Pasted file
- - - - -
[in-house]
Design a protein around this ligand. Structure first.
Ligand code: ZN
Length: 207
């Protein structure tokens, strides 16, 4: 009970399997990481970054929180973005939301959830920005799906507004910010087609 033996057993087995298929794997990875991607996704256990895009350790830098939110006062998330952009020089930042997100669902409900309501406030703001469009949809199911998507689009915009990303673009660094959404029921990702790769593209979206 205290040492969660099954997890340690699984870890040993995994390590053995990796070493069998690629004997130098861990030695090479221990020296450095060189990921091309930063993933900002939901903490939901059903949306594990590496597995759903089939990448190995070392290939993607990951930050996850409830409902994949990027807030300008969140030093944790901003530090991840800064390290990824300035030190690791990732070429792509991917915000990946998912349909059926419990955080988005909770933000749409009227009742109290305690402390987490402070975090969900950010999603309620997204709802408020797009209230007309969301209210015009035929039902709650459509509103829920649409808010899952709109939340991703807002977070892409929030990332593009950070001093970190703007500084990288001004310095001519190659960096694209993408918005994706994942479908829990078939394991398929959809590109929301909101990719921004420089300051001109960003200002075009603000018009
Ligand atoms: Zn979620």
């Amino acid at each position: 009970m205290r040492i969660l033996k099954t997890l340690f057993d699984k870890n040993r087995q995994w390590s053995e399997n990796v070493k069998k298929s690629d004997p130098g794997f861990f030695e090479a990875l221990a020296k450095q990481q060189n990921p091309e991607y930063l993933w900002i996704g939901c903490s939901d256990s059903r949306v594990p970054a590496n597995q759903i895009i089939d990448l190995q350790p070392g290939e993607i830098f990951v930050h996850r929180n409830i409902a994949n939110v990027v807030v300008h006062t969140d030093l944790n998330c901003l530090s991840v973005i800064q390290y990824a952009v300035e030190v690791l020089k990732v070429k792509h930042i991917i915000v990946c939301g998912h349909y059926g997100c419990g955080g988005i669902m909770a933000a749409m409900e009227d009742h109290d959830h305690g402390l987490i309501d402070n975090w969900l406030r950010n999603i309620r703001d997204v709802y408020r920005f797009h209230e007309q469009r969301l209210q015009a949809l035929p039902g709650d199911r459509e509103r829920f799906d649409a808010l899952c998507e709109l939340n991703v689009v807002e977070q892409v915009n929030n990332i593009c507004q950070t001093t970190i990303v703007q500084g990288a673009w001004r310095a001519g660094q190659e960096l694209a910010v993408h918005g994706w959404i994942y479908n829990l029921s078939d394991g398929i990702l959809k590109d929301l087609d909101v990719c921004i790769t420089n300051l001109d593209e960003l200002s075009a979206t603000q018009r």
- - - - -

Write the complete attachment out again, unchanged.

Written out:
[in-house]
Design a protein around this ligand. Structure first.
Ligand code: ZN
Length: 207
């Protein structure tokens, strides 16, 4: 009970399997990481970054929180973005939301959830920005799906507004910010087609 033996057993087995298929794997990875991607996704256990895009350790830098939110006062998330952009020089930042997100669902409900309501406030703001469009949809199911998507689009915009990303673009660094959404029921990702790769593209979206 205290040492969660099954997890340690699984870890040993995994390590053995990796070493069998690629004997130098861990030695090479221990020296450095060189990921091309930063993933900002939901903490939901059903949306594990590496597995759903089939990448190995070392290939993607990951930050996850409830409902994949990027807030300008969140030093944790901003530090991840800064390290990824300035030190690791990732070429792509991917915000990946998912349909059926419990955080988005909770933000749409009227009742109290305690402390987490402070975090969900950010999603309620997204709802408020797009209230007309969301209210015009035929039902709650459509509103829920649409808010899952709109939340991703807002977070892409929030990332593009950070001093970190703007500084990288001004310095001519190659960096694209993408918005994706994942479908829990078939394991398929959809590109929301909101990719921004420089300051001109960003200002075009603000018009
Ligand atoms: Zn979620």
């Amino acid at each position: 009970m205290r040492i969660l033996k099954t997890l340690f057993d699984k870890n040993r087995q995994w390590s053995e399997n990796v070493k069998k298929s690629d004997p130098g794997f861990f030695e090479a990875l221990a020296k450095q990481q060189n990921p091309e991607y930063l993933w900002i996704g939901c903490s939901d256990s059903r949306v594990p970054a590496n597995q759903i895009i089939d990448l190995q350790p070392g290939e993607i830098f990951v930050h996850r929180n409830i409902a994949n939110v990027v807030v300008h006062t969140d030093l944790n998330c901003l530090s991840v973005i800064q390290y990824a952009v300035e030190v690791l020089k990732v070429k792509h930042i991917i915000v990946c939301g998912h349909y059926g997100c419990g955080g988005i669902m909770a933000a749409m409900e009227d009742h109290d959830h305690g402390l987490i309501d402070n975090w969900l406030r950010n999603i309620r703001d997204v709802y408020r920005f797009h209230e007309q469009r969301l209210q015009a949809l035929p039902g709650d199911r459509e509103r829920f799906d649409a808010l899952c998507e709109l939340n991703v689009v807002e977070q892409v915009n929030n990332i593009c507004q950070t001093t970190i990303v703007q500084g990288a673009w001004r310095a001519g660094q190659e960096l694209a910010v993408h918005g994706w959404i994942y479908n829990l029921s078939d394991g398929i990702l959809k590109d929301l087609d909101v990719c921004i790769t420089n300051l001109d593209e960003l200002s075009a979206t603000q018009r």